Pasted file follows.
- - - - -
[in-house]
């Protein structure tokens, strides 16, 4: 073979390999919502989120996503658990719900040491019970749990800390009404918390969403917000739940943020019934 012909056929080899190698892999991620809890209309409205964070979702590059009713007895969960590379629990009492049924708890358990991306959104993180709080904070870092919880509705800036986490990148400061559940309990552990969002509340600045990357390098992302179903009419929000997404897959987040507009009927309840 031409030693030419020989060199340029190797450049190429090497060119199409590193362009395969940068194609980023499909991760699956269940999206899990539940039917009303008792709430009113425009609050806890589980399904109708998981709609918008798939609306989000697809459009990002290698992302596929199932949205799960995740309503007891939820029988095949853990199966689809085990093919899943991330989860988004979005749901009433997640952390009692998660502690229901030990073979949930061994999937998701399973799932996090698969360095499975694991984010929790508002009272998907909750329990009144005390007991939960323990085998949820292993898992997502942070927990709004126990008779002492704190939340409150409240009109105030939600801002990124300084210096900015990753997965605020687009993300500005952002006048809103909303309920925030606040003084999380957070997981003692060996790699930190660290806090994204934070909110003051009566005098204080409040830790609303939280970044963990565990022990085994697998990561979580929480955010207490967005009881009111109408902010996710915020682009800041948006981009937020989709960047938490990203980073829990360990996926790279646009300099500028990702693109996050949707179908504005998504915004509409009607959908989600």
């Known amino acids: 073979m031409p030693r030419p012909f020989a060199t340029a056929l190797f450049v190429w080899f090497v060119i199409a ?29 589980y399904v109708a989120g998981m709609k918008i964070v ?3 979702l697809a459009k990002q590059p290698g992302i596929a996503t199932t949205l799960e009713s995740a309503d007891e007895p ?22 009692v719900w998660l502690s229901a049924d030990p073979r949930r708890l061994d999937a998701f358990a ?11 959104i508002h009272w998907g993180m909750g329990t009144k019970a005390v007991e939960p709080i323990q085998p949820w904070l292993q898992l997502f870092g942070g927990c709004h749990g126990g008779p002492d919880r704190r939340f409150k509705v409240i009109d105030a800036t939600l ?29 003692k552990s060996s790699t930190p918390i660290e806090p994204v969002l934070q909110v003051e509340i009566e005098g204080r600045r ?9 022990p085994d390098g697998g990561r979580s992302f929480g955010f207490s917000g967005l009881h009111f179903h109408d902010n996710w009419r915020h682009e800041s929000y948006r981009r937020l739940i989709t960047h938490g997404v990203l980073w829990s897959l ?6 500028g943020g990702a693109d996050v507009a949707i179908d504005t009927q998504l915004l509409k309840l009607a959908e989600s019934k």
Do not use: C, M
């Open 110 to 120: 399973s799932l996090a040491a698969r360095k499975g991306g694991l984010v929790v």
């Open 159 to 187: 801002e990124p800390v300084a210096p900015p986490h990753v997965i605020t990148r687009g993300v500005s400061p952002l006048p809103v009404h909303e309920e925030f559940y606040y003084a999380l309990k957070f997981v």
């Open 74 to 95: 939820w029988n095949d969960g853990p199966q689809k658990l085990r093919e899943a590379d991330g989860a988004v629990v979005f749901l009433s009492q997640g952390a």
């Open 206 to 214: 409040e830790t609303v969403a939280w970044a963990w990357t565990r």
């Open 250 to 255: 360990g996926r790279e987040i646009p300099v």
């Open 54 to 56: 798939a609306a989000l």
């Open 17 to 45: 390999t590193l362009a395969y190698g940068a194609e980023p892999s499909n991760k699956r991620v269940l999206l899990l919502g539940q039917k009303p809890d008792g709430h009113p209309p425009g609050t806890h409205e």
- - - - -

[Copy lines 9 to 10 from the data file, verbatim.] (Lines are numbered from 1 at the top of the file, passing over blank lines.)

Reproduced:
């Open 250 to 255: 360990g996926r790279e987040i646009p300099v």
């Open 54 to 56: 798939a609306a989000l």